Descriptive Table of Contents:
I. Introduction. Historical background to the texts. Textual theory of corpus of Afro-Brazilian slave and ex-slave texts.
• Problematics: conditions and discourse; writing and orality, literacy and slavery; modes and agencies (writings, interviews, dictations, scholarly treatise, depositions, testimony, autobiography, narrative, poetry, prose, journalism, and other genres)
II. Final Voices
• Mariano Pereira dos Santos, a 1982 interview with the 122 year old ex-slave, his accounts of rural slave and emancipated life in Paraná.
• Maria "Chatinha" Benedita da Rocha, a 1981 interview with an Afro-indigenous ex-slave--her accounts of urban slave and emancipated life in São Paulo and Rio de Janeiro.
• Maria Francisca, a 1983 interview with a 106 year old ex-slave, Rio Claro. Dialectics of memory and forgetting.
• Feliciano Joaquim, a 90-year old ex-slave gives a 1945 depoimento to Artur Ramos in Rio de Janeiro.
III. An Extraordinary Heresy. Sex, slavery and the Church.
Corporal transformation and the Ideology of Soulful Liberation and Justice.
• "Santa" Rosa Egipcíaca (1718-1765), an African Saint. An ex-venereal-slave turns Baroque Mysticism against slavery and the Inquisition.
IV. Slave victims of the Holy Inquisition. Trial testimonies of slaves accused of crimes against the Church and nature.
• Various defendants and witnesses testimony before the Holy officers and Inquisitors in Brazil and Portugal.
V. Slave Texts of Revolt and Resistance. Writing and Transcripting the Collective Struggle for Freedom and Justice.
• Gregório Luis, rebel leader and author of an extraordinary peace treaty of self-liberated slaves suing for peace with their former owner, Ilhéus, Bahia, 1789.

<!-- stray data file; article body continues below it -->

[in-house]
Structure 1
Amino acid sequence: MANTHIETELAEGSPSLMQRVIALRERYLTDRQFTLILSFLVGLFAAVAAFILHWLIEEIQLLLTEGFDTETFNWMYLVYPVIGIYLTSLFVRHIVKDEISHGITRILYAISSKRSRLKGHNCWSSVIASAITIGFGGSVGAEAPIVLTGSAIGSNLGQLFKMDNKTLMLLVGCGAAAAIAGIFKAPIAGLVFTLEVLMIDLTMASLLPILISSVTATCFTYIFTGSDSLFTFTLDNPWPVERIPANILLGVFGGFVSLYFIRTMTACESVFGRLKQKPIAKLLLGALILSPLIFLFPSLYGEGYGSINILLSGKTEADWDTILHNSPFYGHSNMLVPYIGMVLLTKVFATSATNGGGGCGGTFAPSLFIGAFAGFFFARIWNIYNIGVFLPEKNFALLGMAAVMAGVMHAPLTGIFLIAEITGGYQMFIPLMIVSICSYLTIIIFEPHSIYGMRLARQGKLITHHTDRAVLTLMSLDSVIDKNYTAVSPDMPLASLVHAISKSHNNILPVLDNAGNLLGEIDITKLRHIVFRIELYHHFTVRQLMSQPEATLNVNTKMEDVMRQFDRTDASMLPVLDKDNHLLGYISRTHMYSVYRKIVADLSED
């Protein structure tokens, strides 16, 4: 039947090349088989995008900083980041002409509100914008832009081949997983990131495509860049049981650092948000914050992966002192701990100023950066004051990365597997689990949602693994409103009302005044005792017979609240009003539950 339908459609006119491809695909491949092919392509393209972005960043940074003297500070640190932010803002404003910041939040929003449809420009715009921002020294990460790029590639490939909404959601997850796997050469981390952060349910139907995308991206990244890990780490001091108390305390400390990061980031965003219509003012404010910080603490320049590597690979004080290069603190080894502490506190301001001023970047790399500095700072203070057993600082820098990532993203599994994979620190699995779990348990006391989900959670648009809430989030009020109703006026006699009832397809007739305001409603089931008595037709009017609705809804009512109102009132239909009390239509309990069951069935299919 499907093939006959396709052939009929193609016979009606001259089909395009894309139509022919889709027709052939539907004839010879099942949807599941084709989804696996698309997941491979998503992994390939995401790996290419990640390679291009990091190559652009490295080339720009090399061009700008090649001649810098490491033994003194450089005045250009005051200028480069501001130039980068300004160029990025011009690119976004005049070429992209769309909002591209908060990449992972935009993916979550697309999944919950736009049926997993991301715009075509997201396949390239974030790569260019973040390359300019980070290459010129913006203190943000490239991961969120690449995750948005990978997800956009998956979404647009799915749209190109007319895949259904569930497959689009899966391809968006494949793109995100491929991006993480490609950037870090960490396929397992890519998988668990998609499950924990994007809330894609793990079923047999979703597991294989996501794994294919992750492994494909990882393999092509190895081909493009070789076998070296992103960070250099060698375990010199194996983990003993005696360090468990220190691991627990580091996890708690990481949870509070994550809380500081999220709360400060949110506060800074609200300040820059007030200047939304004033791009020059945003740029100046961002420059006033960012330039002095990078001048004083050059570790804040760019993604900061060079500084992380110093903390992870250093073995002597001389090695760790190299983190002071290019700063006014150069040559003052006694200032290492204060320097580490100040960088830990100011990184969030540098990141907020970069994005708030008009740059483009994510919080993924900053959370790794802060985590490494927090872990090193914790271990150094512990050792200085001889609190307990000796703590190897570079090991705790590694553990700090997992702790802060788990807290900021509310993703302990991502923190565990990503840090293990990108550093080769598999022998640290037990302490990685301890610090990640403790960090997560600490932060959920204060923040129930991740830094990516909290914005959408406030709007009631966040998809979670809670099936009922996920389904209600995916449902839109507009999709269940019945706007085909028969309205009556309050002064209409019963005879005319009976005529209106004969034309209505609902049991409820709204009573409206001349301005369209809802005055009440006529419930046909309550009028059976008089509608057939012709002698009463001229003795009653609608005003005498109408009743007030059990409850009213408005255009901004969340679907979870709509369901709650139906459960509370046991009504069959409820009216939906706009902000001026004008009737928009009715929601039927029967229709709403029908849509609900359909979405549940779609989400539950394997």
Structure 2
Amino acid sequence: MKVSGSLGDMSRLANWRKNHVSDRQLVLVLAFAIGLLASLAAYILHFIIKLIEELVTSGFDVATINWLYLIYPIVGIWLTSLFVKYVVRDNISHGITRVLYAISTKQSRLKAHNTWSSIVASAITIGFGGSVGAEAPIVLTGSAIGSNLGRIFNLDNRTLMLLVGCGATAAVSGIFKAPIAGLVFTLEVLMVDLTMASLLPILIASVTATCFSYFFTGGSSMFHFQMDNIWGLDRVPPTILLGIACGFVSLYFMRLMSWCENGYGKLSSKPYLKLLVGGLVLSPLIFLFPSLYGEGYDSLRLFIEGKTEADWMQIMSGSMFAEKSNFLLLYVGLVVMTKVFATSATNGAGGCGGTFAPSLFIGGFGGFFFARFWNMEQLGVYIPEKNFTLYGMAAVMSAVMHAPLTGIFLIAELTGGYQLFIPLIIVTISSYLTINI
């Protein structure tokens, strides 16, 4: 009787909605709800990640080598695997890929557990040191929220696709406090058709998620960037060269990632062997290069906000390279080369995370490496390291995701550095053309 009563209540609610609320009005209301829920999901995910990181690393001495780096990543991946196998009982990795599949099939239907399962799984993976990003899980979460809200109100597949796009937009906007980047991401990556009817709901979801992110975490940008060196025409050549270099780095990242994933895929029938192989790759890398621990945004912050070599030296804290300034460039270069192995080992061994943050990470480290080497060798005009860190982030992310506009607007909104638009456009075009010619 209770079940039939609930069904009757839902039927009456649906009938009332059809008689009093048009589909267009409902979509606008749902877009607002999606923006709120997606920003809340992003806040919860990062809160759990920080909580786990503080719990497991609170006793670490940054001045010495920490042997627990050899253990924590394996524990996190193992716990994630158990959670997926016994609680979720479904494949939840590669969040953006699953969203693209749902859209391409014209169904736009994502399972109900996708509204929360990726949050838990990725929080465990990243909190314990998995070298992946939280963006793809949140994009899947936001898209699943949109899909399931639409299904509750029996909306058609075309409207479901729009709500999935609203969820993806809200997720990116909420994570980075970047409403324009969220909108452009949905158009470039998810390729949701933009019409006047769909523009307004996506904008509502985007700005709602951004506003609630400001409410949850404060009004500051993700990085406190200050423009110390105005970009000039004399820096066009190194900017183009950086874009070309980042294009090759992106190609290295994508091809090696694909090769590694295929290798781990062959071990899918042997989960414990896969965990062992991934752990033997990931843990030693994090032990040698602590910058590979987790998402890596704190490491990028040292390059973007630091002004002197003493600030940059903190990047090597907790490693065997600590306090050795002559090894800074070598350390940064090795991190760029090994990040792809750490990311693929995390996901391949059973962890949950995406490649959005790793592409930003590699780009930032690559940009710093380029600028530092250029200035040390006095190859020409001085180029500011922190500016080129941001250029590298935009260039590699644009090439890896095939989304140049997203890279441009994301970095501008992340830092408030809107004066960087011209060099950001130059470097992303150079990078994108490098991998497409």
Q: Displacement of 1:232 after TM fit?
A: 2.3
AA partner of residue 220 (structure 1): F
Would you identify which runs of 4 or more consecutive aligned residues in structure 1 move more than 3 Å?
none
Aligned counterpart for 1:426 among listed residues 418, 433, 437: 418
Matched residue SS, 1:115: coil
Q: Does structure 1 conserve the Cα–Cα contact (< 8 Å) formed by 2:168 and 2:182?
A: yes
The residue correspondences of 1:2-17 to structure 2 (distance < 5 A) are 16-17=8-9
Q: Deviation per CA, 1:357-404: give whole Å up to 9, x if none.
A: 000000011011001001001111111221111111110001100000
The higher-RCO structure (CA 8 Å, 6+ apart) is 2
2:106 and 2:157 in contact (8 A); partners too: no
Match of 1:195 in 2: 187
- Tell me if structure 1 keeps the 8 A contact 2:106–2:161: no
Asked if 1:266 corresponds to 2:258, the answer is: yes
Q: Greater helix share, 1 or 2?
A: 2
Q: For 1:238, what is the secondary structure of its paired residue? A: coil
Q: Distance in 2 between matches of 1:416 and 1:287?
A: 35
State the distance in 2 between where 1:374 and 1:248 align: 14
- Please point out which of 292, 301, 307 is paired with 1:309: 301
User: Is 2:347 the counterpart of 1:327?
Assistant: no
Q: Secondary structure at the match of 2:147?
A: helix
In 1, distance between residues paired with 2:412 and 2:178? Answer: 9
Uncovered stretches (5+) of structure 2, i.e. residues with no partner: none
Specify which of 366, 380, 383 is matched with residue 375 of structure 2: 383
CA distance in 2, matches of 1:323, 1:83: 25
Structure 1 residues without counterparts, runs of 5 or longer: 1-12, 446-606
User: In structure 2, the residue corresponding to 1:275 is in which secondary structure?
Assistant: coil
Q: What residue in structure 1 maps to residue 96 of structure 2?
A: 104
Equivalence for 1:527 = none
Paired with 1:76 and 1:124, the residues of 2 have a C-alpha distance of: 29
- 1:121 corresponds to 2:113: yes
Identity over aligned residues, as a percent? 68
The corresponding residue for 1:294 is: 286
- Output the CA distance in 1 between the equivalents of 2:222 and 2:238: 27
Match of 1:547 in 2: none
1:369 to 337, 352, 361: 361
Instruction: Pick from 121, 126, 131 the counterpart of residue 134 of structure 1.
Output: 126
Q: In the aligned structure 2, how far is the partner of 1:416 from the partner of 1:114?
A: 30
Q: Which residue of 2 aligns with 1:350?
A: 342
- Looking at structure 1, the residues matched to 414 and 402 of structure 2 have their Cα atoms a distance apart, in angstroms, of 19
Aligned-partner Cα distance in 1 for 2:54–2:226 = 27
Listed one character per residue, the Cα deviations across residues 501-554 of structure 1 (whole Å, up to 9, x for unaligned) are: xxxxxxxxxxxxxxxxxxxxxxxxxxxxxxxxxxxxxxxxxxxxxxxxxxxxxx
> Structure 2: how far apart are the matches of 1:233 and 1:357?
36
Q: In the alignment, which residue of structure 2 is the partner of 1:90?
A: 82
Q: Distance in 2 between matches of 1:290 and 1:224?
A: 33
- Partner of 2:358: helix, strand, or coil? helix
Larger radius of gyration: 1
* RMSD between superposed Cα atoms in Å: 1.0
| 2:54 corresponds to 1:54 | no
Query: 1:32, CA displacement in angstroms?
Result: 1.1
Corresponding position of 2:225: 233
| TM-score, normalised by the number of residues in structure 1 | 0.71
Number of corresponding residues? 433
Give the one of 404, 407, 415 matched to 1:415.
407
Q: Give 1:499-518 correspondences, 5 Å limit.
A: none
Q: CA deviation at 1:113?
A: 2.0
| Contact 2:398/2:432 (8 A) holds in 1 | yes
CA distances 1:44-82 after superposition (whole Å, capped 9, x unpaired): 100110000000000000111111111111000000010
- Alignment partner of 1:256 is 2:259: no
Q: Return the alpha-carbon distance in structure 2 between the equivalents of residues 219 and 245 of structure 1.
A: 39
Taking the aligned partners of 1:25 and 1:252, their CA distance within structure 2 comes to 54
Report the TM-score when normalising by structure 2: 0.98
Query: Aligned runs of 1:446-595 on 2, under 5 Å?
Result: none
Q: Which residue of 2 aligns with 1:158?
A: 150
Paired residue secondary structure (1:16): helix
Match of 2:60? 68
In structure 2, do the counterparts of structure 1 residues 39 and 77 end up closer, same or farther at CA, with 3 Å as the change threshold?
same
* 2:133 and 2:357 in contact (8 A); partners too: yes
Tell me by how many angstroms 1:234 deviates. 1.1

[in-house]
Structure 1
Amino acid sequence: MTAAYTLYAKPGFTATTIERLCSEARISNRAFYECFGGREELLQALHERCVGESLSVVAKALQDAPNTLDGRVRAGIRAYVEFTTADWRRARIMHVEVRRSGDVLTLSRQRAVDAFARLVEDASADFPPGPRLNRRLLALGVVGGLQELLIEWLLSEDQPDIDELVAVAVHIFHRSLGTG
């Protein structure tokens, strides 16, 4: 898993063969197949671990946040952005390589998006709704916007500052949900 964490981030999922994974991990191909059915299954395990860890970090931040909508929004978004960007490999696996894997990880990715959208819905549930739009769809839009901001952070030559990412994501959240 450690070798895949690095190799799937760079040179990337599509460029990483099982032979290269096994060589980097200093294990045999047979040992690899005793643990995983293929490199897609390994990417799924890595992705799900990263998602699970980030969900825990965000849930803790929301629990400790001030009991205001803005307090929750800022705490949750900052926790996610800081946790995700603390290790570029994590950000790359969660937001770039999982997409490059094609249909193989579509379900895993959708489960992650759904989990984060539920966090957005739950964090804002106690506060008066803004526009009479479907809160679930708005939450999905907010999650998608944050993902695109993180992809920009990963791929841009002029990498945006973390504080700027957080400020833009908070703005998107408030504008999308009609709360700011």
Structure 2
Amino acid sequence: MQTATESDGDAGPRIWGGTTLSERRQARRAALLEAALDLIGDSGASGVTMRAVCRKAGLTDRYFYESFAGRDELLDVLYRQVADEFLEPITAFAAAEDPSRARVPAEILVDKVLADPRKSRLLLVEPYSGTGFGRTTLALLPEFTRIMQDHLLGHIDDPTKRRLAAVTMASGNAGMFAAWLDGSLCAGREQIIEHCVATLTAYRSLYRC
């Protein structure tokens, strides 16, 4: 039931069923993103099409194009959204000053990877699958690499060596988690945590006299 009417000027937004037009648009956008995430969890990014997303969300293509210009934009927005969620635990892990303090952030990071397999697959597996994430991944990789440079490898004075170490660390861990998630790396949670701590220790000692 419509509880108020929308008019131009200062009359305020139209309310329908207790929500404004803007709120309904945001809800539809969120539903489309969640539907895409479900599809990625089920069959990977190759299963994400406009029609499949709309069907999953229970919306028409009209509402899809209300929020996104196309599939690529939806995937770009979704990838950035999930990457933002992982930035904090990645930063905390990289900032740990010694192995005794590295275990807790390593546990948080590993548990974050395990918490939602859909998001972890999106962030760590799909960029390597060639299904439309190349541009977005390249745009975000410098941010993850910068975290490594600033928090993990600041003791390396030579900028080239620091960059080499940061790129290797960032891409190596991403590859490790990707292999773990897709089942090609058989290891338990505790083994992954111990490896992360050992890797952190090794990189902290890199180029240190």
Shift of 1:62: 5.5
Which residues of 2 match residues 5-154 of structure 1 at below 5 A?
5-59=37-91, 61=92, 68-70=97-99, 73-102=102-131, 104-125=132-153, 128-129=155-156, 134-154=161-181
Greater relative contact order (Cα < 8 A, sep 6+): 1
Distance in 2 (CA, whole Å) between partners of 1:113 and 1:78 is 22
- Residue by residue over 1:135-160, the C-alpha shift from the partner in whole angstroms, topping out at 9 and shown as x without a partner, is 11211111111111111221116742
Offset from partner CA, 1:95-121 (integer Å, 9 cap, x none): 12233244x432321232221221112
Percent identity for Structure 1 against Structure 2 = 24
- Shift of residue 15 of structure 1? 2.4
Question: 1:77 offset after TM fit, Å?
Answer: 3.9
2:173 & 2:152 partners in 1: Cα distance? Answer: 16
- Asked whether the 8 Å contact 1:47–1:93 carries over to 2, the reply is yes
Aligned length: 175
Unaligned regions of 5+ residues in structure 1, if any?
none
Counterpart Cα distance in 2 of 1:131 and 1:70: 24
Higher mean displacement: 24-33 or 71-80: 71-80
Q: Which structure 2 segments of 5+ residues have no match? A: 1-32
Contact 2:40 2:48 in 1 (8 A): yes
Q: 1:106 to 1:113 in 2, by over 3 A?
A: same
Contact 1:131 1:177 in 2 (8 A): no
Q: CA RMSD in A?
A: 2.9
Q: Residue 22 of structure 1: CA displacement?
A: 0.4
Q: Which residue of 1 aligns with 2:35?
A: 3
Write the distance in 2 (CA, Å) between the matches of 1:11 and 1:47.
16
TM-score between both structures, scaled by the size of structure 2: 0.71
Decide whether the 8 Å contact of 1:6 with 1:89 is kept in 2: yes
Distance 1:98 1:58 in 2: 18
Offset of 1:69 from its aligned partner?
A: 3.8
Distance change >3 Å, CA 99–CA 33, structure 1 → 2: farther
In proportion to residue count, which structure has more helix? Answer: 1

• Marcelino, Diogo Rebelo, and other slave rebels, trial testimony of literate and illiterate slaves of their massive, highly organized conspiracy at armed revolt and self-liberation, Campinas, São Paulo, 1832.
• Trial testimony of participants, conspirators and bystanders in the Malê slave and freedmen revolt in Bahia, 1835, and the 'mystery' of the Arabic writings.
• Manoel Congo, and women and men slave rebels of the 1838 quilombo revolt, Pati de Alferes, Rio de Janeiro, trial testimonies.
• Cosme Bento das Chagas, ex-slave leader of the "Balaiada" revolt in Maranhão, 1838-1841, pronouncements and trial testimony.
• The Queimado insurrectionists, 1849, Espirito Santo, reports of leaders Chico Prego, Elisário, João, and others.
• Other revolts and movements (Palmares, Inconfidência mineira, Praieira, Balaiada, Cabanagem, Quebra-Quilo, Curunkango, various quilombolas, riots and crimes).
VI. The Individual Slave and Ex-slave in the Struggle for Freedom and Justice. Petitions and Testimonies.
• António Fernandes. A slave's letters of petition to the king of Portugal pleading for justice in his wrongful imprisonment and torture in Bahia of the 1720's.
• Esperança Garcia, "Eu Sou huma escrava/I am a slave..." A 1770 letter of petition for protection against a cruel master, his brutality of her children and separation of her family. Her appeal on the basis of Catholic principles.
• Joanna Baptista, a desperate cafuza mother contracts her own enslavement to provide for her children, Pará, 1789.